The last remaining part of a person, long after the physical body has left the room, is the ghost. A gust of wind, a soul searching for sacred halls, a will to live on or a desire to escape. The ghost is the last indestructible part of the person, looming in little things that earlier would attract no attention. But the fallacy is thinking that the person has to die for its ghost to roam the room. A soul can be split by the smallest of actions and left spread out over the world as tiny monumental reminders of who was once here, even as the person lives on in some other place. It was one of these living ghosts that I trapped in my room.
Now, the thing about all ghosts is that they don’t announce themselves when they’re left behind. They wait for you to find them. Nothing dramatic happened here, no murder, no crime, we just left the room, and I came back alone, everything seemingly exactly as we left it, no immediate difference to be noticed. But still your spirit hung in the room, like the dampness of a wet jacket; indiscernible until you touch it. It wasn’t until I started preparing food that I realized it. There was something more here. Something else. Someone else.
The conversations started all by themselves. I no longer recall who spoke the first word, but the ghost and I came to talking. About the world, the food, the plans ahead for us. I started feeling as if you had never left. The ghost would follow me around all day, from when I lay lazily in bed, trying to drag me out, until I went to bed again, tugging in close to me and whispering in my ear. I neglected my rational sense apart from a nagging thought wondering how you could disappear so incompletely.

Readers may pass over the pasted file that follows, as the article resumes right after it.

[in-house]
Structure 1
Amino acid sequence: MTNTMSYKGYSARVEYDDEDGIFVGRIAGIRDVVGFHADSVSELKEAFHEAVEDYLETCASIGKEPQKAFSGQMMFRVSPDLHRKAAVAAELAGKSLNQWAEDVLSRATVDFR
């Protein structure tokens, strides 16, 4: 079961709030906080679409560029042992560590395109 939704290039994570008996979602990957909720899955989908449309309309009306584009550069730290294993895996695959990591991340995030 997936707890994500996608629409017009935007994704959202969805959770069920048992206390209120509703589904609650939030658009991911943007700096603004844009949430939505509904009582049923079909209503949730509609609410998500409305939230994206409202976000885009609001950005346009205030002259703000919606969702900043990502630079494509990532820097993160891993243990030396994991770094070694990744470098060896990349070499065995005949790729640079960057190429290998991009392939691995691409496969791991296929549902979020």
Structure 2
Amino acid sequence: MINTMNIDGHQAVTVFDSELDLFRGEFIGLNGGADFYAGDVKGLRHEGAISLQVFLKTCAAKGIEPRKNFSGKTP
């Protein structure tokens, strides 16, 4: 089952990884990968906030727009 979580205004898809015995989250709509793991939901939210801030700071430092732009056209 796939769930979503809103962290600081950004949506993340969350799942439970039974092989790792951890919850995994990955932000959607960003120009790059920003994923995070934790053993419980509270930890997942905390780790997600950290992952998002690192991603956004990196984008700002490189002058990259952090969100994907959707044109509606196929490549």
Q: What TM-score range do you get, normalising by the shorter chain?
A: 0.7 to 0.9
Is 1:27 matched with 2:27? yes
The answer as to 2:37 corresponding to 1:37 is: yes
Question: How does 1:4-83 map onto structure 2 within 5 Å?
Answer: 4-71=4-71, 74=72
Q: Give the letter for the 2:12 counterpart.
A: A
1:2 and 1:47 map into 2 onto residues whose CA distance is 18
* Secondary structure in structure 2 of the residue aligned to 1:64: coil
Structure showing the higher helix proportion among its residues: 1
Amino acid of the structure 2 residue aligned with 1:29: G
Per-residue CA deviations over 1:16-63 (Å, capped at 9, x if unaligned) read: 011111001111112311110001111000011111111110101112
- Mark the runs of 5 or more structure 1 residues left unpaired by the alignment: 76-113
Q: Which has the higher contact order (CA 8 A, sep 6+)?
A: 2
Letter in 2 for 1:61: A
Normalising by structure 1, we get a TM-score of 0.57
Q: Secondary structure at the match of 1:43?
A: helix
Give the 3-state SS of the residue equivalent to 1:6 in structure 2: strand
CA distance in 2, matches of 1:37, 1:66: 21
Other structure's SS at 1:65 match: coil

As the days wore on, the ghost became as much a part of me as it was of you. I started wondering if my soul had split partly into a ghost as well, following you, since I could make room for your ghost inside of me. In my craze I started treating the ghost like the real you, offering it food, trying to look deep into its translucent eyes and searching for a hand to hold on to. I never noticed how insane it all was, to love a ghost as more than a ghost. I just felt it. And the feeling was real, the belief just wasn’t.
One night I woke up bathed in cold sweat, and I couldn’t feel the ghost beside me, as I had gotten so used to over the past weeks. Its weightless body’s weight on my bed suddenly lifted, and I threw open the blinds to let the moonlight in, its beam casting a white wave of light into the room, revealing anything there and not there. But little did I see that could be used to figure out where the ghost had gone. Not even its disappearance could be seen.
In the morning I went looking at all our favorite places, both inside the room and out in the world. I went to our parks, our shopping malls. I went through the kitchen cabinets and out to the open fields. Even though we shied away from beaches, I still turned over each and every stone searching for traces of you. But little did it matter. A ghost is a ghost until it’s gone. Then even the ghost turns into mere memory. But what is a memory if not also a ghostlike representation of the world as it happened. What is a memory if not an excuse to stop making new ones.
I packed my necessities and boarded a plane. If I couldn’t find your ghost, then maybe I could at least save you from mine. And maybe, just maybe, I could finally exchange my haunted memories for a real life if I could rediscover you.